My current series of bulletin articles for the parish concerns violence in the Old Testament--in particular, the conquest of the Canaanites in the Book of Joshua. The Lord establishes a Herem or curse against Jericho, such that everything in it is forfeit and must be destroyed, including women and children.
Beyond this, there is the story of Achen. He was caught hoarding forbidden treasure, admitted his crime, and so he and his wife, children, and possessions were stoned and burned. So much for leniency for a 'guilty' plea.
My original motivation for researching this issue was to respond to a YouTube video that expressed distaste for the God of the Old Covenant. Yet I am now writing for a largely conservative Catholic audience--much of which believes that Biblical inerrancy means that the whole thing is literal. So I am trying to balance a persuasiveness suitable for an agnostic with a theological caution suitable for sensitive Catholics. Fun!
I've looked at the 1966 Catholic Encyclopedia, the Jerome Biblical Commentary, Reading the Old Testament by Lawrence Boadt, and A Catholic Commentary on Holy Scripture. So, nothing really cutting-edge.
What is becoming apparent to me in the research is that (as far as I understand it) the inerrancy of the Bible may not exclude the hermenutical possibility that the Book of Joshua is lacking in precision in the way it describes God as "commanding" the Israelites to carry out certain acts. Rather, the divine will underlying the slaughter of the Canaanites and the brutal authoritarianism of Joshua may not be God's direct will, but rather his "permissive" or "possibilizing" will. In other words, it was God's direct will that the Canaanite religion be eradicated and that the land come into possession of the Israelites. But he did not intend, in the same way, that these goals should be carried out by means of indiscriminate murder. Rather, it was that God allowed these means to be used, though they be objectively sinful, and their executors, even Joshua himself, may not have been necessarily acquitted the guilt.
What are some reasons why this might be? Although God was not averse to putting miracles in the service of his ends, it would not fit the pattern of the Old Testament to miraculously imbue Israel with anachronistic, enlightened ways of thinking about war, conquest, religious purity, and himself. Nor, for similar reasons, would God miraculously turn Jericho into a nation of faithful Israelites overnight. Either case would involve a violent override of the free will of human beings. Thus it was fitting for the Lord to be, as it were, minimalistic in his intervention: he, and he alone, is the reason why Israel was able to win.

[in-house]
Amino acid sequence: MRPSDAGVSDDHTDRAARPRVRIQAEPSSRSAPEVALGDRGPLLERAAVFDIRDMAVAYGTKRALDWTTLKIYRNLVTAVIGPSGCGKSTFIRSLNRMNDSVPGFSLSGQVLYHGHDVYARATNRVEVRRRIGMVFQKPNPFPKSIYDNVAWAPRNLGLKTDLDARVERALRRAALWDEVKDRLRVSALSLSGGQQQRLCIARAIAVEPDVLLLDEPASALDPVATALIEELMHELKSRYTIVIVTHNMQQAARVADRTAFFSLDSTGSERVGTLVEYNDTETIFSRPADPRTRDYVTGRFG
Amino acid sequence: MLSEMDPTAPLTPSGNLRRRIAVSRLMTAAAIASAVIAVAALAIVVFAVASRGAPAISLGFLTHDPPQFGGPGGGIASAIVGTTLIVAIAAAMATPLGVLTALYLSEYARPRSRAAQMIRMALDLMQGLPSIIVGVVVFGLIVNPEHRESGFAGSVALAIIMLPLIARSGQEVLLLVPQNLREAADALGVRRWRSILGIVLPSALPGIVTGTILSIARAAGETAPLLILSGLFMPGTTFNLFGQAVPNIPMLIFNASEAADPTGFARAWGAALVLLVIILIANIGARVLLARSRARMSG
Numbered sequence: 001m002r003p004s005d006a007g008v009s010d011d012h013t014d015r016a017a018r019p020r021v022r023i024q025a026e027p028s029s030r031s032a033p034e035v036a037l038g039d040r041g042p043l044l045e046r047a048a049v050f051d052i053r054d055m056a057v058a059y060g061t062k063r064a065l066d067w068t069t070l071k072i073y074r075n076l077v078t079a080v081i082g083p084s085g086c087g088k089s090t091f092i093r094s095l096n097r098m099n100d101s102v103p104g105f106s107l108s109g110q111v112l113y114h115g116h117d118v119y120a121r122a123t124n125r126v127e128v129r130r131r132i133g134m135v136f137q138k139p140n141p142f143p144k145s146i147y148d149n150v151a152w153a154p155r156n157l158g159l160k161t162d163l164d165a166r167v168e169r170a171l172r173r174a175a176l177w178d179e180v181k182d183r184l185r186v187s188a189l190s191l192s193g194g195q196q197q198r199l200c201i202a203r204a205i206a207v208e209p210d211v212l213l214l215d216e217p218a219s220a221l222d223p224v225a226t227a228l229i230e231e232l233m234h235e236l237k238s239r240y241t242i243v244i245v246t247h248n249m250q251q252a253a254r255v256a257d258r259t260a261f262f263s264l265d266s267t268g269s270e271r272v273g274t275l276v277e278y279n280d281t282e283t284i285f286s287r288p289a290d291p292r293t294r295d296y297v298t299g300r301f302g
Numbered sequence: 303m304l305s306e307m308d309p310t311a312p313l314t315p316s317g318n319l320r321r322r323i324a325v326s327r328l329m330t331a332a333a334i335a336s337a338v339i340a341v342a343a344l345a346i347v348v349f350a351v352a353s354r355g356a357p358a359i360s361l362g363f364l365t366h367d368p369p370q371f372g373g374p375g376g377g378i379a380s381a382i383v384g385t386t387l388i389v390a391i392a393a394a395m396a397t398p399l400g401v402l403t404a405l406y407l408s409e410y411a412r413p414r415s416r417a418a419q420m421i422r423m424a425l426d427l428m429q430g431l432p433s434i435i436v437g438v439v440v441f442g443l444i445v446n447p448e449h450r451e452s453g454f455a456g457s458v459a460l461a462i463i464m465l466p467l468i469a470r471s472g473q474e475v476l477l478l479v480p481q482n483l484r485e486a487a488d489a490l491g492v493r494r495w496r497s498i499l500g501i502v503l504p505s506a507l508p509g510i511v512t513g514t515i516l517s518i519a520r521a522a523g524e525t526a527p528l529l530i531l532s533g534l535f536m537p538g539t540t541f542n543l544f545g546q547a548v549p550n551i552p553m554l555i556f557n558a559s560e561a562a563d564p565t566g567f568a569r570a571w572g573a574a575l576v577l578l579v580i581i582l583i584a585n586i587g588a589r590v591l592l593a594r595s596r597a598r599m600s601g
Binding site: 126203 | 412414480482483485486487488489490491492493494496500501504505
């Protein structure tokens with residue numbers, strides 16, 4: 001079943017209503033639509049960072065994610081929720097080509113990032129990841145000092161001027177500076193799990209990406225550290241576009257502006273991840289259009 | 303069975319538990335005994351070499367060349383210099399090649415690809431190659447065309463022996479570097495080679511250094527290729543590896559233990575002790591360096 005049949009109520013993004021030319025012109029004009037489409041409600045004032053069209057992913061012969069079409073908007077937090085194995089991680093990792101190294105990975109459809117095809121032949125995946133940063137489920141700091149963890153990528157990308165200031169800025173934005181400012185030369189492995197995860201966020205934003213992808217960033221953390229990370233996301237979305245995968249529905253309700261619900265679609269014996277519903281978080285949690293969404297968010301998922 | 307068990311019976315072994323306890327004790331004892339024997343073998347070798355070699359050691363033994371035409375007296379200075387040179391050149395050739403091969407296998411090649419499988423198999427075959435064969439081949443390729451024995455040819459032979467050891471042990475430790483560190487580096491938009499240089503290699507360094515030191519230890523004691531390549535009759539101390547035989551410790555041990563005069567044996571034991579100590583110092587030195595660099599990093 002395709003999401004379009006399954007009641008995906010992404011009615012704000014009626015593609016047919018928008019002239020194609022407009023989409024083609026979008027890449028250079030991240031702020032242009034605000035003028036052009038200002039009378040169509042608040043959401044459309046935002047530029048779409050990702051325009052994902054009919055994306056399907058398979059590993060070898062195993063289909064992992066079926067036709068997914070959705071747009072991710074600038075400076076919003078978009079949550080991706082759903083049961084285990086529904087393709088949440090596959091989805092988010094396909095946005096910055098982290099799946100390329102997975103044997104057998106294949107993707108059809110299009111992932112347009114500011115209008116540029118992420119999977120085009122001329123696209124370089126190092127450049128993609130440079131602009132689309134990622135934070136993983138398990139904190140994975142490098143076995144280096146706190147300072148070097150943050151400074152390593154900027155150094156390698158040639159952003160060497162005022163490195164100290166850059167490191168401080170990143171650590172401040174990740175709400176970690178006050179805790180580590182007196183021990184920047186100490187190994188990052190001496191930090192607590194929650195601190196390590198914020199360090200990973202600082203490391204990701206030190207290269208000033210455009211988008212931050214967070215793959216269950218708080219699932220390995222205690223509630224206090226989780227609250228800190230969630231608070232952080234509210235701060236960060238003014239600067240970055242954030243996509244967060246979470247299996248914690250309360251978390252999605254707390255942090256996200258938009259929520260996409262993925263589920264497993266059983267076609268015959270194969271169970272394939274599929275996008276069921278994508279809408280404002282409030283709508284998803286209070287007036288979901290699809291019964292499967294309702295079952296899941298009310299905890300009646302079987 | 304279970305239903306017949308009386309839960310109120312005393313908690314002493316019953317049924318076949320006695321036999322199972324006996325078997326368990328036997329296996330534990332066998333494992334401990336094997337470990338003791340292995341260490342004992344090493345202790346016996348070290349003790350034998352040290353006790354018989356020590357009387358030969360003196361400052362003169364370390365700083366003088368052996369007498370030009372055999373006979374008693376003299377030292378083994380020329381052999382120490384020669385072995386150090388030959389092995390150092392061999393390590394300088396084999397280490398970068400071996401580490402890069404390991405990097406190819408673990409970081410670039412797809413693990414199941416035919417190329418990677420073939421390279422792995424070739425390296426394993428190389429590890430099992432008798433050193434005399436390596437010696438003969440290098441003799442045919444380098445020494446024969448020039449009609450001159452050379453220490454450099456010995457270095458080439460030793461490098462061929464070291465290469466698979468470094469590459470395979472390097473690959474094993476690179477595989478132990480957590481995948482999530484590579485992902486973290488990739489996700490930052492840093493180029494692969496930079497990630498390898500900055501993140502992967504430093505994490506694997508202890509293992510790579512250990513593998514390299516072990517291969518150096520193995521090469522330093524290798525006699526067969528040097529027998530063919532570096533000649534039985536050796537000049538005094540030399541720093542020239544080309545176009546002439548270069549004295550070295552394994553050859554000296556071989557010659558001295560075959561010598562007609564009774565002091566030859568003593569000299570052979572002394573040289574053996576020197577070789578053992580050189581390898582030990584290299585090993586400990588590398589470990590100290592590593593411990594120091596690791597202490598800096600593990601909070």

[BTW, all of this is: other historical-critical problems and their theories notwithstanding. I know that the Historical Books are complex interweavings of narratives of different traditions, genres, disparate chronologies, etc. and so on. But these are not really relevant to the issue at hand.]
The problem with a literalistic interpretation of Joshua is not so much that God could will the annihilation of a people, if they were an obstacle to his mysteriously elected vehicle of the salvation of the world. If God directly destroyed Jericho, a la Sodom and Gomorrah, it would be less of a logical problem, both because of God's absolute supremacy over Creation, and because (from the standpoint of Christian faith) death, from God's point of view, is not the unmitigable end of the person. Yet even so, such would be difficult to reconcile with Ezekiel 33:11, "As I live, says the Lord GOD, I swear I take no pleasure in the death of the wicked man, but rather in the wicked man's conversion, that he may live."
The problem is, rather, that in employing Israel to carry out the deed, in every grizzly result that ensues, there erupts instances where God seems to contradict himself. Not only does the Herem on Jericho appear to contradict several of the more enlightened statements of God through the later prophets, but it also contradicts points of the supposedly already-established Deuteronomical law concerning guilt and warfare.
The ultimate result is that one seems to be forced to accept one of two breaches of traditional religion. If one holds steadfastly to as literal a sense of the Old Testament as possible, this appears to result in either a self-contradictory or a changing god. If one is convinced, as I myself am, that notwithstanding his absolute power and freedom, God does not contradict himself or leave his beloved creatures to dwell in absurdity, then this presents serious problems for a literal interpretation of the divine commands in Joshua.
The picture of divine inspiration portrayed by the Jerome Biblical Commentary and the Catholic Encyclopedia--both of which have Nihil Obstats and Imprimaturs (though I understand that these can mean much less than their stated purpose)--is that the Spirit is everywhere in Biblical history moving individuals to write his Word in their words. And although they are assisted by the Spirit to "without error teach that truth which God, for the sake of our salvation, wished to see confided to the Sacred Scriptures," (CCC 107) yet nevertheless the Old Testament can "contain some things which are incomplete and temporary" (Dei Verbum 15).
Will elaborate more, if I haven't already fallen into too much heresy.